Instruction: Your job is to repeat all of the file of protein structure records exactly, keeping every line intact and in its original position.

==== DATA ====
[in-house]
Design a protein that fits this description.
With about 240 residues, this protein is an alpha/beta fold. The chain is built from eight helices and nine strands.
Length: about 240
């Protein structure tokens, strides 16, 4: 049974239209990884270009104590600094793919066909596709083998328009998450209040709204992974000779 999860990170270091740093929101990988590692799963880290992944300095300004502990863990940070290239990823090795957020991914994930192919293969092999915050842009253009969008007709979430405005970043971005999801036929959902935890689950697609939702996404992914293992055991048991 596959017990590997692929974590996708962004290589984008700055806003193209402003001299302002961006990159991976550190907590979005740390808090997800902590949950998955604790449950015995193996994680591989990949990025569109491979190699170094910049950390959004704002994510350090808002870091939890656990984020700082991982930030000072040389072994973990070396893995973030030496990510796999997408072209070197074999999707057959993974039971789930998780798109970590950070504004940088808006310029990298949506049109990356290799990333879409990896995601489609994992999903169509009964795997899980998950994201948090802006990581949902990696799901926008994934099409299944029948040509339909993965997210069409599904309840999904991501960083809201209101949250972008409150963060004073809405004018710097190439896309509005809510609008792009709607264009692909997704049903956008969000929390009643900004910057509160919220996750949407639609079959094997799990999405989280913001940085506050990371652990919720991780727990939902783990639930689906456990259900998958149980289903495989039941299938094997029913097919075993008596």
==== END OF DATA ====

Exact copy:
[in-house]
Design a protein that fits this description.
With about 240 residues, this protein is an alpha/beta fold. The chain is built from eight helices and nine strands.
Length: about 240
């Protein structure tokens, strides 16, 4: 049974239209990884270009104590600094793919066909596709083998328009998450209040709204992974000779 999860990170270091740093929101990988590692799963880290992944300095300004502990863990940070290239990823090795957020991914994930192919293969092999915050842009253009969008007709979430405005970043971005999801036929959902935890689950697609939702996404992914293992055991048991 596959017990590997692929974590996708962004290589984008700055806003193209402003001299302002961006990159991976550190907590979005740390808090997800902590949950998955604790449950015995193996994680591989990949990025569109491979190699170094910049950390959004704002994510350090808002870091939890656990984020700082991982930030000072040389072994973990070396893995973030030496990510796999997408072209070197074999999707057959993974039971789930998780798109970590950070504004940088808006310029990298949506049109990356290799990333879409990896995601489609994992999903169509009964795997899980998950994201948090802006990581949902990696799901926008994934099409299944029948040509339909993965997210069409599904309840999904991501960083809201209101949250972008409150963060004073809405004018710097190439896309509005809510609008792009709607264009692909997704049903956008969000929390009643900004910057509160919220996750949407639609079959094997799990999405989280913001940085506050990371652990919720991780727990939902783990639930689906456990259900998958149980289903495989039941299938094997029913097919075993008596």